Paris during the Renaissance had many developments. New bridges existed. Louis XI rarely visited Paris, but he rebuilt the old wooden Pont de Notre Dame, which had collapsed on October 25, 1499. The new bridge was opened in 1512. It was made up of dimension stone and paved with stone. It was lined with sixty eight houses and shops. King Francois I laid the foundation of the first Hotel de Ville or the city hall of Paris in July 15, 1533. The architect of the building was the Italian man Domencio da Cortona. He also designed the  Château de Chambordin the Loire Valley for the king. The Hôtel de Ville was not finished until 1628. Cortona also designed the first Renaissance church in Paris, the church of Saint-Eustache (1532), covering a Gothic structure with flamboyant Renaissance detail and decoration.  The first Renaissance house in Paris was the Hôtel Carnavalet, begun in 1545. It was modeled after the Grand Ferrare, a mansion in Fontainbleau designed by Italian architect Sebastiano Serlio. It is now the museum of the history of Paris. Francis I in 1534 was the first French king to make the Louvre his resident. He wanted new structures to be built. He wanted Paris to be a place of learning and scholarship.  During the 16th century, Paris became first in Europe in book publishing. In 1530, Françis I created a new faculty at the University of Paris with the mission of teaching Hebrew, Greek and mathematics. It became the Collège de France. He died in 1547. His son Henry II continued to decorate Paris in the French renaissance style. The Fontaine des Innocents structure was built to celebrate Henry’s official entrance into Paris in 1549.

Henry II also added a new wing to the Louvre, the Pavillon du Roi, south, along the Seine. The bedroom of the King was on the first floor of this new wing. He also built a magnificent hall for festivities and ceremonies, the Salle des Cariatides, in the Lescot Wing. Henry II died in July 10, 1559 via jousting injuries. His widow was Catherine de Medicis. In Paris, there were divisions between the Catholic Church and those of Protestant Calvinism and renaissance humanism. The Sorbonne and University of Paris, the major fortresses of Catholic orthodoxy, forcefully attacked the Protestant and humanist doctrines, and the scholar Etienne Dolet was burned at the stake, along with his books, on place Maubert in 1532, on the orders of the theology faculty of the Sorbonne; but the new doctrines continued to grow in popularity, particularly among the French upper classes. Beginning in 1562, repression and massacres of Protestants in Paris alternated with periods of tolerance and calm, during what became known as the French Wars of Religion (1562-1598). Later, Catholic mobs killed Protestants in the St. Bartholomew Day’s massacre in August 1572. Many leaders of the Protestants were killed by Catholic mobs. Henry III wanted a peaceful solution and he was assassinated by the Dominican monk Jacques Clement. Henry IV promoted religious tolerance. He was crowned King of France at the cathedral of Chartres on February 27, 1594. Henry IV's building projects for Paris were managed by a Protestant, Maximilien de Béthune, Duke of Sully. For Henry IV’s advocacy of religious freedom, he was assassinated by a Catholic fanatic named Francois Ravaillac.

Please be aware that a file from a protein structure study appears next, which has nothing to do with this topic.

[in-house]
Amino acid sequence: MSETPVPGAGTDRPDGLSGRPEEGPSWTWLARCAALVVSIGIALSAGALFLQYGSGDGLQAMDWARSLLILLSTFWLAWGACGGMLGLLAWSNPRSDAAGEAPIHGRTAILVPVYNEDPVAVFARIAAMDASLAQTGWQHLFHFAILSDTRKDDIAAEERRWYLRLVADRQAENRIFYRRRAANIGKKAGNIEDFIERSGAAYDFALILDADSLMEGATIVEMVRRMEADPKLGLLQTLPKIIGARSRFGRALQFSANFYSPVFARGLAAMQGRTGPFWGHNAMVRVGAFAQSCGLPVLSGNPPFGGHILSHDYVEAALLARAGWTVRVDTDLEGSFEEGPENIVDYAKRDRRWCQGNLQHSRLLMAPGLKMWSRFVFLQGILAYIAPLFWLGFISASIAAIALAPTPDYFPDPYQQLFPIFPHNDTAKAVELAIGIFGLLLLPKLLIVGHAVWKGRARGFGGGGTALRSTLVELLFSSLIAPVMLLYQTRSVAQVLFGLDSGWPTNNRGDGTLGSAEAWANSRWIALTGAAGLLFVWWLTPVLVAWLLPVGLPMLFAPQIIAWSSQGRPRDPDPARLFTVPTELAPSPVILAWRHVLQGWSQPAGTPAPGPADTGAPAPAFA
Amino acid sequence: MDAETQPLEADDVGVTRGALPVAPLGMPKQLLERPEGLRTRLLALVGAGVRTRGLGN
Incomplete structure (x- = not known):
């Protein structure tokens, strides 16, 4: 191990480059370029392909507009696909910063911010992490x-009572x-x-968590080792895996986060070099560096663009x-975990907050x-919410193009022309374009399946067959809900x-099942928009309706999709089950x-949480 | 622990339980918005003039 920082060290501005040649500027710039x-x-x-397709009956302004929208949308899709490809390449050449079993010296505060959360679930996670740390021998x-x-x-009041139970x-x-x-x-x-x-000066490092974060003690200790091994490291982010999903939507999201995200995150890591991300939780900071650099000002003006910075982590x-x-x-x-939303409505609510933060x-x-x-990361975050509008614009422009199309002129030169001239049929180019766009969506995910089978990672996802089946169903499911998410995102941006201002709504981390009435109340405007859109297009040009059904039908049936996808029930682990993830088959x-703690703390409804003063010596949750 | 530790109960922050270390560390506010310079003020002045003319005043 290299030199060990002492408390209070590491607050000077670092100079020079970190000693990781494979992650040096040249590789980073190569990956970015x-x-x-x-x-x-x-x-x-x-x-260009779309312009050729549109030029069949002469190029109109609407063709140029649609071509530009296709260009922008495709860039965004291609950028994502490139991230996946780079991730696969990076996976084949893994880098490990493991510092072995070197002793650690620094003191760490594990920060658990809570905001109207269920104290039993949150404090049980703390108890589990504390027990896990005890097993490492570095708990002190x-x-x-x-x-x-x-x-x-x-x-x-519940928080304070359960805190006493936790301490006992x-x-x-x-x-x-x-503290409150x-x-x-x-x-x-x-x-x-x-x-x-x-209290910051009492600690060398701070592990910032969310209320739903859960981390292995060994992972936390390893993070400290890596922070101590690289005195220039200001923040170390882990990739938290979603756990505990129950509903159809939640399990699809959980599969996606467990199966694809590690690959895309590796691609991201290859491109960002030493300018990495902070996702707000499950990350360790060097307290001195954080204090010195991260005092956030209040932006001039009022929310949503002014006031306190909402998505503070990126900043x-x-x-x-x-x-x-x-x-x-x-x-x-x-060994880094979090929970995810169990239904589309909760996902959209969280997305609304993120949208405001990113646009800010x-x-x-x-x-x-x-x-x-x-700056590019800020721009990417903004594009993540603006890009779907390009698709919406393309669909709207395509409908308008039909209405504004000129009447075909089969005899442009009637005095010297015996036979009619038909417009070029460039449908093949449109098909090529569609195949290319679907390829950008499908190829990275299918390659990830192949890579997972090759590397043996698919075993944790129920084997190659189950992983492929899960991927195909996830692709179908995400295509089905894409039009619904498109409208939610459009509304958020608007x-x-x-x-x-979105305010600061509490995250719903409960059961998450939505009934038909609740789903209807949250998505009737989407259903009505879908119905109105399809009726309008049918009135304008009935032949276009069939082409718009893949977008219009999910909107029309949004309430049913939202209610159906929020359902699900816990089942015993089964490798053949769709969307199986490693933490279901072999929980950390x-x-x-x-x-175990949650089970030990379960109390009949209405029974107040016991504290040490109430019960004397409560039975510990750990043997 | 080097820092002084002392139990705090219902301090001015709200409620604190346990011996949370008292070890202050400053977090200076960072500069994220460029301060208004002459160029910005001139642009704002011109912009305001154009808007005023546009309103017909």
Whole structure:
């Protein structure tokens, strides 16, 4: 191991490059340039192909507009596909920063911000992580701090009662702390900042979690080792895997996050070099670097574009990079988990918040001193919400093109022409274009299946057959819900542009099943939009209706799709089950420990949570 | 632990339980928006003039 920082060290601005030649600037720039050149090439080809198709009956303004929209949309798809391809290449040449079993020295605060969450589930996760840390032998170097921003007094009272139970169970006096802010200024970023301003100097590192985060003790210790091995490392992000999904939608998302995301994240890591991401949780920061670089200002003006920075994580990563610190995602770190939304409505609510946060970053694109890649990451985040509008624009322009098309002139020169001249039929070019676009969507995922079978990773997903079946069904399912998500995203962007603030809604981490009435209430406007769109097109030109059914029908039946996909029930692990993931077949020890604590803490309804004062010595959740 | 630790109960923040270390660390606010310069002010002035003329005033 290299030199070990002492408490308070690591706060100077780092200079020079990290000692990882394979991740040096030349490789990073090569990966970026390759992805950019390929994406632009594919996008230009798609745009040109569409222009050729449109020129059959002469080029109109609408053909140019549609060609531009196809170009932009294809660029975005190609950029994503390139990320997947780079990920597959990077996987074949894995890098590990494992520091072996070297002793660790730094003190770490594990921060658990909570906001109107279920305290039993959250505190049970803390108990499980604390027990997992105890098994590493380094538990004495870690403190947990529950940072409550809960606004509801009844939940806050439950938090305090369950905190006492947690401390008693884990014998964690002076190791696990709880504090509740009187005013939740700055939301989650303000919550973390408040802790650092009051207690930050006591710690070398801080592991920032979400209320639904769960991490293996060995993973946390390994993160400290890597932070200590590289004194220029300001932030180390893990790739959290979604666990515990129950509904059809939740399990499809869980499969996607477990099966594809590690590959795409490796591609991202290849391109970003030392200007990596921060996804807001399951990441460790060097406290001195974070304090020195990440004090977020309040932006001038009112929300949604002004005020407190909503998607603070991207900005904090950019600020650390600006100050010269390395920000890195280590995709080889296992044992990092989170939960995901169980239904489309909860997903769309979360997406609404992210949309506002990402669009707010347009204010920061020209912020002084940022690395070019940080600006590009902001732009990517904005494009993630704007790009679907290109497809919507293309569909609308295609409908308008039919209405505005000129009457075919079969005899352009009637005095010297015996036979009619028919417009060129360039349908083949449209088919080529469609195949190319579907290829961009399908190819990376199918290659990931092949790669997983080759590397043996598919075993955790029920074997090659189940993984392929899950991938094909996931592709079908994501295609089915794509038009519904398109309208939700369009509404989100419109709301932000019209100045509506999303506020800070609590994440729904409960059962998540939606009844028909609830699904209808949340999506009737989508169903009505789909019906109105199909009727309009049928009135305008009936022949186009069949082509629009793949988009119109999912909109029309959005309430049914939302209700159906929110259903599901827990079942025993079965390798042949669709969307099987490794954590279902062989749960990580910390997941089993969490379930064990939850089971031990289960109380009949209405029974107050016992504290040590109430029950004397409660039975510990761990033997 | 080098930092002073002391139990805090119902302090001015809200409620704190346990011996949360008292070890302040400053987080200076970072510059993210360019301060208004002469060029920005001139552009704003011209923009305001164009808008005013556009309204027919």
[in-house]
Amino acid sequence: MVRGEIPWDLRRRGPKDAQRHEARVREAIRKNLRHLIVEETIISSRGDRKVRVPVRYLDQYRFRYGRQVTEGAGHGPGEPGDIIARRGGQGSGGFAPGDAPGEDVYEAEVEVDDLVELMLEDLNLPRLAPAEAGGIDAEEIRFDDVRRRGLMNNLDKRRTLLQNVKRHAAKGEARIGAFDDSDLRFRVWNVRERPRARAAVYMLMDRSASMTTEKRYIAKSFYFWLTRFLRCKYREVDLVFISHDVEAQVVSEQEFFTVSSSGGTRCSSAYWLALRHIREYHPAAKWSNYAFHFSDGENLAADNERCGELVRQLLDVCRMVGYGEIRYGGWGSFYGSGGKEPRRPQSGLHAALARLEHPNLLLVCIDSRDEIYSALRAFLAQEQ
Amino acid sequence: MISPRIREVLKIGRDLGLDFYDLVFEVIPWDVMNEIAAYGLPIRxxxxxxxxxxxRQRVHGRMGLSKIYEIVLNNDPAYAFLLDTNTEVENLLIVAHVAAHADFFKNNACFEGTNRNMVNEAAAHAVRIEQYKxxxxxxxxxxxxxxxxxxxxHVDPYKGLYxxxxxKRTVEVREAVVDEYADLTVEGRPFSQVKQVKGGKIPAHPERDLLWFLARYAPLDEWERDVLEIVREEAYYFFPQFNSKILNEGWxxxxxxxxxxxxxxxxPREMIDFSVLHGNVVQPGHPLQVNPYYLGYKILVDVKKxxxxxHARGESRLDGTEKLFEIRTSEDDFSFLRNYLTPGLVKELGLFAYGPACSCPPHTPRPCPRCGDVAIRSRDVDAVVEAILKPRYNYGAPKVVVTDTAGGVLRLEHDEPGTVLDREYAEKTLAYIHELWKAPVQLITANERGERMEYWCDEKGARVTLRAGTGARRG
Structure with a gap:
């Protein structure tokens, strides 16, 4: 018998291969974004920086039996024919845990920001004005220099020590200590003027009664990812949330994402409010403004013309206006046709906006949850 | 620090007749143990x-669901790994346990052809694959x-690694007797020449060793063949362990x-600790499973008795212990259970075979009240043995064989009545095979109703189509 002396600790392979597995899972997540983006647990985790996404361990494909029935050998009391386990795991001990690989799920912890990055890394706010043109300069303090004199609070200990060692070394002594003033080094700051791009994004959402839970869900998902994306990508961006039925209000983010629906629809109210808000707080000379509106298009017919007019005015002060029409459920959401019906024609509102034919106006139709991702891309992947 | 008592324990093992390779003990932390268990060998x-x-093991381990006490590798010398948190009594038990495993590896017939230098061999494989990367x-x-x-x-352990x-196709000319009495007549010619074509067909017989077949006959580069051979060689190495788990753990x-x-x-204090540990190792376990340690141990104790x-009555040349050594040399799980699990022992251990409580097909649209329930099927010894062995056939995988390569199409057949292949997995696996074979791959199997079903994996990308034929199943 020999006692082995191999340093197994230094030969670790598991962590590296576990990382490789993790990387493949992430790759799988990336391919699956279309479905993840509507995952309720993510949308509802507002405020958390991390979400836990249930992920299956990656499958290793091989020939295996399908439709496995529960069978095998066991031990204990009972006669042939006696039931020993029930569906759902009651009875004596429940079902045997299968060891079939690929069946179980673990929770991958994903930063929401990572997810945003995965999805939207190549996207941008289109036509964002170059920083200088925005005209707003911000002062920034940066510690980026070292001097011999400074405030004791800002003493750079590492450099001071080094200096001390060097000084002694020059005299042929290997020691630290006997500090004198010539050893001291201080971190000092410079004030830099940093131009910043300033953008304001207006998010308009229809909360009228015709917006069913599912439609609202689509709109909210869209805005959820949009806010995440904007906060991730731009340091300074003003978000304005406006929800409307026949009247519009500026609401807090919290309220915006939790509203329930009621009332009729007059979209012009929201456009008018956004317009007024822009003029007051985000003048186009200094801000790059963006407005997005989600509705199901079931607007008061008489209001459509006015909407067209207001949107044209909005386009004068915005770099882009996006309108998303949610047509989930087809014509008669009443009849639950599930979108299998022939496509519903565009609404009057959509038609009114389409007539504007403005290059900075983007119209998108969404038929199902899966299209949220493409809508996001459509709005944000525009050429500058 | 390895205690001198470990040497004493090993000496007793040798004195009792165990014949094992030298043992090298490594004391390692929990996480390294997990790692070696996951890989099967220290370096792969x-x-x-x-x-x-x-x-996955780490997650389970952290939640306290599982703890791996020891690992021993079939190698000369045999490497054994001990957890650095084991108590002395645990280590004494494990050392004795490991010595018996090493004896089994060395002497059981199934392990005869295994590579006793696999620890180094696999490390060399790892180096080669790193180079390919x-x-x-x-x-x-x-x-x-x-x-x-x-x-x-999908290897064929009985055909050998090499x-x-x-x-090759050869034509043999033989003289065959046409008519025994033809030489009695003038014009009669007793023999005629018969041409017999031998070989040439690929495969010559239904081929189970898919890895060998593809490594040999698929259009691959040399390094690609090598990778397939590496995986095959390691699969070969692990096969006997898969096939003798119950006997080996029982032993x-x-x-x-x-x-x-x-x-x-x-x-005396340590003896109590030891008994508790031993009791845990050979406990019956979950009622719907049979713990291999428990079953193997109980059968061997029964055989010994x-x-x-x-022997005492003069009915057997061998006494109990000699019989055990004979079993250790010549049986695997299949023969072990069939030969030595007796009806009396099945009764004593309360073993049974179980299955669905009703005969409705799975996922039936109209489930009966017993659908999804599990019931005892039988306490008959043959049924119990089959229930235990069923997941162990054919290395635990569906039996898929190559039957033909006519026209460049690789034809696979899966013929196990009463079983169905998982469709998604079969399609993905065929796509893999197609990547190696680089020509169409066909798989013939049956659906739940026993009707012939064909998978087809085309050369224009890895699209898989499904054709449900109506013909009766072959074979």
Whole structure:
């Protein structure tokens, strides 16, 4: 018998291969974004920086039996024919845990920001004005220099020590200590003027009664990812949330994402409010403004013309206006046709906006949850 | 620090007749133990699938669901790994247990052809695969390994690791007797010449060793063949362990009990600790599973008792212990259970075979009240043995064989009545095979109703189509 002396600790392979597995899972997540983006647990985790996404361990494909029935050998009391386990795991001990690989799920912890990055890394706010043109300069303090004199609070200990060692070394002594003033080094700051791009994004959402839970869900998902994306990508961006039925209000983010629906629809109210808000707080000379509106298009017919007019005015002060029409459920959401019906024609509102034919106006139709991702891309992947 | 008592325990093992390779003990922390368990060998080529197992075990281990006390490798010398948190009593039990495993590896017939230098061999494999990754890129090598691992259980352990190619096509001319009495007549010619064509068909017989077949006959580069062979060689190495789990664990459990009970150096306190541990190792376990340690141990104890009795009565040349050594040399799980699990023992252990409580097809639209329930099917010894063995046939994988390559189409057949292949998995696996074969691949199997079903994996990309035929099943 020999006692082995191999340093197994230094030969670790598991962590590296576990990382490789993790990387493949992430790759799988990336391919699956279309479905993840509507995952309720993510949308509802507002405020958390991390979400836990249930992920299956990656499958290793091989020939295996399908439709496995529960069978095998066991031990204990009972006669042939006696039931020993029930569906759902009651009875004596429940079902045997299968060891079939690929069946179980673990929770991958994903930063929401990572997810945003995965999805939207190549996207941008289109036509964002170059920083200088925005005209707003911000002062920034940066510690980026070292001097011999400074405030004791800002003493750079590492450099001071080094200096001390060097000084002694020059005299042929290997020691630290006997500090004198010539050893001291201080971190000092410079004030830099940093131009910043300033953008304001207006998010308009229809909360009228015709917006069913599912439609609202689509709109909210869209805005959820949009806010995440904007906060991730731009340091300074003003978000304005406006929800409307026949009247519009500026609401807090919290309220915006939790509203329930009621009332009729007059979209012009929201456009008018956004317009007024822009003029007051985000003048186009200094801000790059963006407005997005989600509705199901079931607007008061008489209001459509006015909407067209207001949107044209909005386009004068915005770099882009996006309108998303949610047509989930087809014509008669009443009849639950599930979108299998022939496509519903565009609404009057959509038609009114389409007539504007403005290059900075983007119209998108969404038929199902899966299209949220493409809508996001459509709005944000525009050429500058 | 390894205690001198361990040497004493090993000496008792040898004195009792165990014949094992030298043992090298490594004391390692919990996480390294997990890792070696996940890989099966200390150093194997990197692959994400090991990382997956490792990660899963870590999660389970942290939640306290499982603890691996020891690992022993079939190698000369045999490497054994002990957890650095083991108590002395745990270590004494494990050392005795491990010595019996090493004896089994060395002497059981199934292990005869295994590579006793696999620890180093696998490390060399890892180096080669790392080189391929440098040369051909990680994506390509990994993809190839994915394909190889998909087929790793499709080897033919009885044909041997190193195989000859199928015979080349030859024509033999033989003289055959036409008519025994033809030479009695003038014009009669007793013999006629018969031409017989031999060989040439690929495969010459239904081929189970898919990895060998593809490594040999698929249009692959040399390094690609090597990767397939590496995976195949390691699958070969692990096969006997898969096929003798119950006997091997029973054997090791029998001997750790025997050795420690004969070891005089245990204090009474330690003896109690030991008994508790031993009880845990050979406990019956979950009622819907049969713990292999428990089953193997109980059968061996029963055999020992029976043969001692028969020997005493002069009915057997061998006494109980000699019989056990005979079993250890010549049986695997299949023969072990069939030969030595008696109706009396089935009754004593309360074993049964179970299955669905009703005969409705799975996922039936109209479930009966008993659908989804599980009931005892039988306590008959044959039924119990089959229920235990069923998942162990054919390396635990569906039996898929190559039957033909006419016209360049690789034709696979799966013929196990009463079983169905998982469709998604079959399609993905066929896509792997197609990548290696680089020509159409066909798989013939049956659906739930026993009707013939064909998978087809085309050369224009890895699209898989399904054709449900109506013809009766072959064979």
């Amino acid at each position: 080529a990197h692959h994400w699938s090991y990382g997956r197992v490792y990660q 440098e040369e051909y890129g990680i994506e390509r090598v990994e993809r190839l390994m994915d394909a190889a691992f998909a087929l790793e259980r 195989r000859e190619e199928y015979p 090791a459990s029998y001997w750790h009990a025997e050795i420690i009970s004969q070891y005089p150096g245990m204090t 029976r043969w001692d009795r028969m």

By Timothy